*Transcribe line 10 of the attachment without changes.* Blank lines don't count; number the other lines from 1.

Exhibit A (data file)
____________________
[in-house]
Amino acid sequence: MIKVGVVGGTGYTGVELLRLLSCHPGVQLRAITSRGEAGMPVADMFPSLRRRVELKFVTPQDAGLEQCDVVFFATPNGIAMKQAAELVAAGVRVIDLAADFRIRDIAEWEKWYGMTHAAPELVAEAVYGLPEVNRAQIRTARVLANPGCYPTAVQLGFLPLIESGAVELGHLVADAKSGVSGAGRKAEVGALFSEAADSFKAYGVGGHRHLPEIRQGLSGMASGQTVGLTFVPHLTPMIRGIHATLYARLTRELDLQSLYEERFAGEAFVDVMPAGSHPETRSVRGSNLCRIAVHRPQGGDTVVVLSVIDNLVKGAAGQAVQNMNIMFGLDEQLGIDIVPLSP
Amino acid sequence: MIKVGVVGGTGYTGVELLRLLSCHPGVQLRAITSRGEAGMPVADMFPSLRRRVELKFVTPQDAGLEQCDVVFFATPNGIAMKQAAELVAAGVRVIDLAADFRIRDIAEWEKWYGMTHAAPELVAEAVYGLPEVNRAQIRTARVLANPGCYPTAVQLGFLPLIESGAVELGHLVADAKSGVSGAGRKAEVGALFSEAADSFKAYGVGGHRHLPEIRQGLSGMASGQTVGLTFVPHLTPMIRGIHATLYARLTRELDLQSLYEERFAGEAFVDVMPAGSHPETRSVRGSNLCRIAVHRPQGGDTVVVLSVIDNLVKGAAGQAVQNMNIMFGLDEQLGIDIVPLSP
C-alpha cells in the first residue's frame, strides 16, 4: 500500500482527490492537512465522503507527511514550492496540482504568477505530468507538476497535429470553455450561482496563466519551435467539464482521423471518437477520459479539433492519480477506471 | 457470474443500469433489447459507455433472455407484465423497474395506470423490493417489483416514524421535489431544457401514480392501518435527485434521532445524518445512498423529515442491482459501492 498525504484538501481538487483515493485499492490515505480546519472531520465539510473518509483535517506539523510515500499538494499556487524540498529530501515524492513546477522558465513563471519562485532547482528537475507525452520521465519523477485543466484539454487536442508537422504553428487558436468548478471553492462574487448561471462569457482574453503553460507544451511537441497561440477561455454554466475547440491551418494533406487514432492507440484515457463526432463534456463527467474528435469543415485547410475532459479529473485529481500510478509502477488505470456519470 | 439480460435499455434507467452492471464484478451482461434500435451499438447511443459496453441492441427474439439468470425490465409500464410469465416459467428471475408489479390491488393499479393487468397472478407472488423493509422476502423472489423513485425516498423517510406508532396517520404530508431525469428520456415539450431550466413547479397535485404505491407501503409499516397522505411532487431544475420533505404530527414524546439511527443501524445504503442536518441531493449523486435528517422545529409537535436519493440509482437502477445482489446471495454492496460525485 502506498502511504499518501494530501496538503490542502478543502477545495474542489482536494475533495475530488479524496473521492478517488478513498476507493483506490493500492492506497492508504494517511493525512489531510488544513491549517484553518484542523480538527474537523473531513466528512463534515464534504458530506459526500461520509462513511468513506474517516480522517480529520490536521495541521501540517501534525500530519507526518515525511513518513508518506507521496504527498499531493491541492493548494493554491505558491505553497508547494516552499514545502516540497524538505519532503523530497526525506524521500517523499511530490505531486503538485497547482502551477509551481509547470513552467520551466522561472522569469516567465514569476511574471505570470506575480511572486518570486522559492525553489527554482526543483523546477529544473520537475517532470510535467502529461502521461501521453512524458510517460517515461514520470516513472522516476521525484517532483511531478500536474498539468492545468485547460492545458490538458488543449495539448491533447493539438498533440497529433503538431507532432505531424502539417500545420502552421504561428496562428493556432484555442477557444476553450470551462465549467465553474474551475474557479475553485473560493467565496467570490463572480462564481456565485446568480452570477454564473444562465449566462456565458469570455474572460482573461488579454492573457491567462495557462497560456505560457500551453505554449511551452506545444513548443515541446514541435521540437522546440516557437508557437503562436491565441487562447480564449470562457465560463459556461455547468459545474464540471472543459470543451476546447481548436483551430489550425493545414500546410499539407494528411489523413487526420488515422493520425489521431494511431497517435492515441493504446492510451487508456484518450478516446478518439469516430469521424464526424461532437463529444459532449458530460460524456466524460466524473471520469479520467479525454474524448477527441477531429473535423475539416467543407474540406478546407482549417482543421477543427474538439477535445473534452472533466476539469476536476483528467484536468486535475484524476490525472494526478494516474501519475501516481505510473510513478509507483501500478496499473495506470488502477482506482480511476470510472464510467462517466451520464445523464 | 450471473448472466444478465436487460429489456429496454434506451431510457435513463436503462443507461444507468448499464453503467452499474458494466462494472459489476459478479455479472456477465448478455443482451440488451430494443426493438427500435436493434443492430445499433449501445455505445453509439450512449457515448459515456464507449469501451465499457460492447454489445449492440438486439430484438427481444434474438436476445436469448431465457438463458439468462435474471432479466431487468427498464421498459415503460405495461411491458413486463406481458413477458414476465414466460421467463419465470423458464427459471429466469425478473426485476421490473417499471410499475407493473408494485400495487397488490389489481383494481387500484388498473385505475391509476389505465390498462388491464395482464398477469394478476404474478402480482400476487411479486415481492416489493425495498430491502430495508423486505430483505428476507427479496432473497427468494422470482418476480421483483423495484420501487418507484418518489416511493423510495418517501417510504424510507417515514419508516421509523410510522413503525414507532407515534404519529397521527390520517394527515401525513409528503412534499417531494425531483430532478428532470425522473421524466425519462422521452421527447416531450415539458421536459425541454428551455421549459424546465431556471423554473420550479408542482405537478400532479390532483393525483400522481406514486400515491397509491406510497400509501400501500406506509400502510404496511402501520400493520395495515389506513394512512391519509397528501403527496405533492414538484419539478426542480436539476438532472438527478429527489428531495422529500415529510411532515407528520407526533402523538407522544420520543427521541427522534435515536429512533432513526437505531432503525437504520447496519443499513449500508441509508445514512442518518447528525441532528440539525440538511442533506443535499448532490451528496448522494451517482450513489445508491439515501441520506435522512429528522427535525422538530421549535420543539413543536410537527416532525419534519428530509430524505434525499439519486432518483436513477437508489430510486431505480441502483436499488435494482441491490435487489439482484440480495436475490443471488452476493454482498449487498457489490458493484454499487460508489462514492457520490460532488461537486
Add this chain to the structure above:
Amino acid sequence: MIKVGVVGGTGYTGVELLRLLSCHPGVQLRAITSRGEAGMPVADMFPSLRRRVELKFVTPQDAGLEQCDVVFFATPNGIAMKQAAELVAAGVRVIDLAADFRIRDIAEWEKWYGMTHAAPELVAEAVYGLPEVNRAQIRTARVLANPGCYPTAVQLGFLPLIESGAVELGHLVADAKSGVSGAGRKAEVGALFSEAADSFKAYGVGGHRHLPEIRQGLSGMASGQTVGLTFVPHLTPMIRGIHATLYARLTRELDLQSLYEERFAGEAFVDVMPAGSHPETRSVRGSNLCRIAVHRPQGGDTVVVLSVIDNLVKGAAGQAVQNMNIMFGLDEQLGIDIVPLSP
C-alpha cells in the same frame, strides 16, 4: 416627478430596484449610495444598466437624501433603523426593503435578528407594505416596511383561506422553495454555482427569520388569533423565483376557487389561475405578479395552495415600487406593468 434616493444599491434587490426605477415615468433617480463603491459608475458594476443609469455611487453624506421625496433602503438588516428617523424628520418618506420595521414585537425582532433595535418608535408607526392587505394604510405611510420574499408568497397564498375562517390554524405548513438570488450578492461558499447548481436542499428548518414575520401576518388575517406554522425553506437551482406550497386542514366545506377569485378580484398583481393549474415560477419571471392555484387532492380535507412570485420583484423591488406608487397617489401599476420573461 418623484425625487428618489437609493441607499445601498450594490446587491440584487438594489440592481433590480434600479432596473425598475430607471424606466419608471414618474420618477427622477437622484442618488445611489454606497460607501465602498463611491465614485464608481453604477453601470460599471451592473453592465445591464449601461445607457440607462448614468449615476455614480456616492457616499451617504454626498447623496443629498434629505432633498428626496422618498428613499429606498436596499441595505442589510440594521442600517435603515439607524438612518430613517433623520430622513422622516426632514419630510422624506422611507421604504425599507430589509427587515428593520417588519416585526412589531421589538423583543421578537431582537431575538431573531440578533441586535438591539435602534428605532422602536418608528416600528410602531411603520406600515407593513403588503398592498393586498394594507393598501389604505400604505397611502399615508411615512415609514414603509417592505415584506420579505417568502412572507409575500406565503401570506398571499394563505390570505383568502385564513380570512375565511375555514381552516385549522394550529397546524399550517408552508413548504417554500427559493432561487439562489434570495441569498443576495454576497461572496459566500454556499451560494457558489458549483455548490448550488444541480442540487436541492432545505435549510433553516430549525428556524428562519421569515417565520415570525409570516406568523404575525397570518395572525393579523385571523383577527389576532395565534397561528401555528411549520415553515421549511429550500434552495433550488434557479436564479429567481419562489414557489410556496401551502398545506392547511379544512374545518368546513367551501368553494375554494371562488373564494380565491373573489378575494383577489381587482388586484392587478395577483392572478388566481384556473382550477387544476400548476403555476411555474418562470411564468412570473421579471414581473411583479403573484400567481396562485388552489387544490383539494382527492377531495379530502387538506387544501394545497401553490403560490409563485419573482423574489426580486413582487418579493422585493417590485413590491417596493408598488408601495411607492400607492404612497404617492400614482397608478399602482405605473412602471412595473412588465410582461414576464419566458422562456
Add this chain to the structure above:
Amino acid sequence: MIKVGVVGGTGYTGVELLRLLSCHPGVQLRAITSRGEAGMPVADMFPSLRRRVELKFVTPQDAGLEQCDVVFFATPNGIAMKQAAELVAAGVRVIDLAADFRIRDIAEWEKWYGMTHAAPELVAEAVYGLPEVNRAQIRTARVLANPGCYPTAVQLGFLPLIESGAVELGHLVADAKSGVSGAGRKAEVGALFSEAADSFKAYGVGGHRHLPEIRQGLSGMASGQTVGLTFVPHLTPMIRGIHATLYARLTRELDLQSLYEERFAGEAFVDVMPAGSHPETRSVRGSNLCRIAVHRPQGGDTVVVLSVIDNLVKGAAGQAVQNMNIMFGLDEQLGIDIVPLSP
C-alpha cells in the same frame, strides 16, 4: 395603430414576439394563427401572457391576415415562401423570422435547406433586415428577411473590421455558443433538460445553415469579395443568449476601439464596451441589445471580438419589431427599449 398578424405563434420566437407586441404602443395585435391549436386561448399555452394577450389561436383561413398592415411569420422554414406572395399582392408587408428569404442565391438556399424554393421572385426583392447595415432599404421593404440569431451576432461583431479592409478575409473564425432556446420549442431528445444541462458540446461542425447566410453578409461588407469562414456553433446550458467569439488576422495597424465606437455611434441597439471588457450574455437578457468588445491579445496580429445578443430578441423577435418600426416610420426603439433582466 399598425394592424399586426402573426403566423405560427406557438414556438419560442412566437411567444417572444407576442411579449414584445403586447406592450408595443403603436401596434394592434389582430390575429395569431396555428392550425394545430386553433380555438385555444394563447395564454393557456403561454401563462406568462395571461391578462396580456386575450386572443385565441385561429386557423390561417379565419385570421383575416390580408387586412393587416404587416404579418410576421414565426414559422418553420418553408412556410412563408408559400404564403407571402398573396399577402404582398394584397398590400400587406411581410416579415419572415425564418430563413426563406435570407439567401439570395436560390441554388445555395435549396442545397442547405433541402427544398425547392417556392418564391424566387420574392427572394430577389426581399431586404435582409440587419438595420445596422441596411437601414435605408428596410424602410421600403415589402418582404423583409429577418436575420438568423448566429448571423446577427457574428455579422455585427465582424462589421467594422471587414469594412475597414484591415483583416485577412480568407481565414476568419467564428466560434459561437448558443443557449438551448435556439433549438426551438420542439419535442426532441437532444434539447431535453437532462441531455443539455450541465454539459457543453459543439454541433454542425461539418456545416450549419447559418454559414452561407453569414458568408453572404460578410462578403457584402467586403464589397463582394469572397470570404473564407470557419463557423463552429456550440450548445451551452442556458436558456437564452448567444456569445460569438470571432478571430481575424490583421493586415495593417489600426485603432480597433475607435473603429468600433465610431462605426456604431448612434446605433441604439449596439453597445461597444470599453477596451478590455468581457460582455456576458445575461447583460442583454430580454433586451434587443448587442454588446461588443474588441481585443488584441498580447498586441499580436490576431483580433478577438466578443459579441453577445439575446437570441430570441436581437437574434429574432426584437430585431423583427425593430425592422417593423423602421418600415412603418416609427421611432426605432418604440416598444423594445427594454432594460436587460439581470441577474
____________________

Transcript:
C-alpha cells in the same frame, strides 16, 4: 395603430414576439394563427401572457391576415415562401423570422435547406433586415428577411473590421455558443433538460445553415469579395443568449476601439464596451441589445471580438419589431427599449 398578424405563434420566437407586441404602443395585435391549436386561448399555452394577450389561436383561413398592415411569420422554414406572395399582392408587408428569404442565391438556399424554393421572385426583392447595415432599404421593404440569431451576432461583431479592409478575409473564425432556446420549442431528445444541462458540446461542425447566410453578409461588407469562414456553433446550458467569439488576422495597424465606437455611434441597439471588457450574455437578457468588445491579445496580429445578443430578441423577435418600426416610420426603439433582466 399598425394592424399586426402573426403566423405560427406557438414556438419560442412566437411567444417572444407576442411579449414584445403586447406592450408595443403603436401596434394592434389582430390575429395569431396555428392550425394545430386553433380555438385555444394563447395564454393557456403561454401563462406568462395571461391578462396580456386575450386572443385565441385561429386557423390561417379565419385570421383575416390580408387586412393587416404587416404579418410576421414565426414559422418553420418553408412556410412563408408559400404564403407571402398573396399577402404582398394584397398590400400587406411581410416579415419572415425564418430563413426563406435570407439567401439570395436560390441554388445555395435549396442545397442547405433541402427544398425547392417556392418564391424566387420574392427572394430577389426581399431586404435582409440587419438595420445596422441596411437601414435605408428596410424602410421600403415589402418582404423583409429577418436575420438568423448566429448571423446577427457574428455579422455585427465582424462589421467594422471587414469594412475597414484591415483583416485577412480568407481565414476568419467564428466560434459561437448558443443557449438551448435556439433549438426551438420542439419535442426532441437532444434539447431535453437532462441531455443539455450541465454539459457543453459543439454541433454542425461539418456545416450549419447559418454559414452561407453569414458568408453572404460578410462578403457584402467586403464589397463582394469572397470570404473564407470557419463557423463552429456550440450548445451551452442556458436558456437564452448567444456569445460569438470571432478571430481575424490583421493586415495593417489600426485603432480597433475607435473603429468600433465610431462605426456604431448612434446605433441604439449596439453597445461597444470599453477596451478590455468581457460582455456576458445575461447583460442583454430580454433586451434587443448587442454588446461588443474588441481585443488584441498580447498586441499580436490576431483580433478577438466578443459579441453577445439575446437570441430570441436581437437574434429574432426584437430585431423583427425593430425592422417593423423602421418600415412603418416609427421611432426605432418604440416598444423594445427594454432594460436587460439581470441577474